I have finished reading The Duty of Delight, an abridged version of the diaries of Dorothy Day (1897-1980), the founder the Catholic Worker and Houses of Hospitality. Her diaries span her entire adult life and they reveal the story of her spiritual path. Reading them I was struck by how serious she took her own “faith formation”. There are frequent references to reading on her faith and how it sustained her. As a young woman struggling with poverty, she realising “with intense joy, I will always have the torrents of pleasure promised by the psalms, the joy that come from reading, from study, from association with noble minds.”
Amid all the difficulties and loneliness she experienced in her pioneering work among the poor, she writes: “I do plenty of spiritual reading to refresh myself and to encourage myself. Reading is the oil that keeps the lamp burning.” Her reflection on the psalms was a constant blessing: “There is never a time when it is not balm to me for an aching heart.” Towards the end of her life: “Even with all the symptoms of old age and decrepitude my heart can still leap for joy as I read and assent to some truth of the faith enunciated by some great mind or heart.”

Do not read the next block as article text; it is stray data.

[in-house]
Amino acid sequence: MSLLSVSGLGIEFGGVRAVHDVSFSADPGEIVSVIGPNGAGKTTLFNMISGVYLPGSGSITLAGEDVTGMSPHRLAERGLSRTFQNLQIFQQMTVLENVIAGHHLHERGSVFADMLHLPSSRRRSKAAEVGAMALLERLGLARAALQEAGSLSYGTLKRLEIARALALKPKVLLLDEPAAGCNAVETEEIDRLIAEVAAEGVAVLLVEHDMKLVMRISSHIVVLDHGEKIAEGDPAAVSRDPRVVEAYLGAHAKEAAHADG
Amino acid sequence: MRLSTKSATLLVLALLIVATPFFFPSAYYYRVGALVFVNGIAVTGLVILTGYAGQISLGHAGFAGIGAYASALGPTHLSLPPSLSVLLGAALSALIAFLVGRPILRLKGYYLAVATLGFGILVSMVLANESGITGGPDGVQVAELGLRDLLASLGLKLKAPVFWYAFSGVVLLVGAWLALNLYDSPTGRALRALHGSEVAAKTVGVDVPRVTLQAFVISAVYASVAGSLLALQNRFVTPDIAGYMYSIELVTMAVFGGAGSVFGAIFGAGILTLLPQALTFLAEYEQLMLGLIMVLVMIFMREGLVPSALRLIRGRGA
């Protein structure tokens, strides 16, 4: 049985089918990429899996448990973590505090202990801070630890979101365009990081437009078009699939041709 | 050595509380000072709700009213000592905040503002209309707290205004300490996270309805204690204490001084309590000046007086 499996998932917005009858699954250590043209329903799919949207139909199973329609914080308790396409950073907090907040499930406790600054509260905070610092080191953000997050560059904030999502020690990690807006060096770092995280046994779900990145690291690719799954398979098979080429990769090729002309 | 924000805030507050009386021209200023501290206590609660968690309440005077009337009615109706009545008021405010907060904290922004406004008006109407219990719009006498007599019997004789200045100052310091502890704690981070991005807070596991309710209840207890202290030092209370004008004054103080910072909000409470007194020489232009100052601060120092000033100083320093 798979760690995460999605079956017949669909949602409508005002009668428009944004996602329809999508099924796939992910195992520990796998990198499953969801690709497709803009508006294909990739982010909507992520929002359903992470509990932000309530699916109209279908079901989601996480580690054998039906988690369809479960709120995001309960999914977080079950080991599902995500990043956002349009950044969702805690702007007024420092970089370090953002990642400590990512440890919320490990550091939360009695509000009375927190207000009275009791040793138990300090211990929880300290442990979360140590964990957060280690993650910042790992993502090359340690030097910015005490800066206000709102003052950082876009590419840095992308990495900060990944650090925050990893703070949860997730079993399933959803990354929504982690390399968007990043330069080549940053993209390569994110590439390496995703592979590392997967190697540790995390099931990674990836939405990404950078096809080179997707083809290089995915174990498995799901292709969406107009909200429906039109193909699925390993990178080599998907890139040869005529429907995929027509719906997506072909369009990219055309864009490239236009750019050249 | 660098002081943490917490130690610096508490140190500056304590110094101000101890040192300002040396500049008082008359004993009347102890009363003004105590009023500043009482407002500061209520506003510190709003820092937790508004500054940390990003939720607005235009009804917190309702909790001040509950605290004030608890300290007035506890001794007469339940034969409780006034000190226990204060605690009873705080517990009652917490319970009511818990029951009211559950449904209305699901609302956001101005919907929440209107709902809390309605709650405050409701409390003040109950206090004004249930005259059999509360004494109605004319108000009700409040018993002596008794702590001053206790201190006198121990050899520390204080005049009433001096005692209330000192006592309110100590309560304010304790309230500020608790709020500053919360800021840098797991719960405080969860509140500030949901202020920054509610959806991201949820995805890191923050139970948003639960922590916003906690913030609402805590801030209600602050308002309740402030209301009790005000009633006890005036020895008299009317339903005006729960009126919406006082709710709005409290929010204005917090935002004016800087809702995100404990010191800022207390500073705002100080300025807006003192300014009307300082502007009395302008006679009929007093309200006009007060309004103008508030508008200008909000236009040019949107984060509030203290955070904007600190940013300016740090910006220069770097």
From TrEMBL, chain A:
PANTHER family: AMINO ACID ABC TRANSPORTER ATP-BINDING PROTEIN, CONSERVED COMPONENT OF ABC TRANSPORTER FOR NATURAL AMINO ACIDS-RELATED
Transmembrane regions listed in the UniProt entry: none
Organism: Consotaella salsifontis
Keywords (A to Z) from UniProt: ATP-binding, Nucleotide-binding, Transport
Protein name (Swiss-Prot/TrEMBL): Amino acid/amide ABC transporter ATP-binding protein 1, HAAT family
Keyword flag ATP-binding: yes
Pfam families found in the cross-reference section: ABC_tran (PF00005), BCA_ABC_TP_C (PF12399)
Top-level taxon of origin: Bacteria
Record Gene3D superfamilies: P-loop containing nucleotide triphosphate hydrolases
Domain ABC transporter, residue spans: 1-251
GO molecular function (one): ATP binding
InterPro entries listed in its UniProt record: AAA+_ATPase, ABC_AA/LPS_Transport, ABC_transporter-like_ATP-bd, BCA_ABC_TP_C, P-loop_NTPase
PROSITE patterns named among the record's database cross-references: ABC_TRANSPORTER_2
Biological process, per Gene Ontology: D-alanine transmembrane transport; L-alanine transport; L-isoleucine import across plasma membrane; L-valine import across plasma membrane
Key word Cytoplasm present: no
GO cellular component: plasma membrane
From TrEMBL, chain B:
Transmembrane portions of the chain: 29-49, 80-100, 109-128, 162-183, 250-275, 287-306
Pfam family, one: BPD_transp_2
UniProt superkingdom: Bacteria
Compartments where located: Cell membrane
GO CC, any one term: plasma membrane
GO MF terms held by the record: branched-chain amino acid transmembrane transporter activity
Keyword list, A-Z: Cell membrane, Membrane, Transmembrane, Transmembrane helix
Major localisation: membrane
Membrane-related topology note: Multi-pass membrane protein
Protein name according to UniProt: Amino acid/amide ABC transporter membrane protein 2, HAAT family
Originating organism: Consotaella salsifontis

But none of this was dry intellectualism – she wanted to live the truth that enlightened her. “The difference between a dead-weight knowledge and a living rich experience can never be enough expressed. I must keep praying that great thoughts will click and pass into life!” As her faith grew stronger, so too did her confidence in God’s love: “Humanity went astray, but Jesus Christ was born and we are richer by that Fall. What a great mystery. The worst has already happened and has been repaired.”
Her desire to grow deeper in living faith meant that she listened to sermons with eagerness – not a very common attitude! “St Teresa said she so loved to hear the Word of God preached that she would listen with enjoyment to the poorest preacher. I know what she meant.” Dorothy writes of a parish mission she was attending in New York in 1939: “It is an exceptionally good mission and my heart is filled with gratitude that God has so blessed us this Lent.” The Jesuit priest preached “in a popular fashion yet dealing with profound ideas”.
We are called to love God “with our whole mind”. Countless times I have experienced that solid reading and Spirit-filled preaching have provided nourishment for my faith and a new energy for the Lord and His service.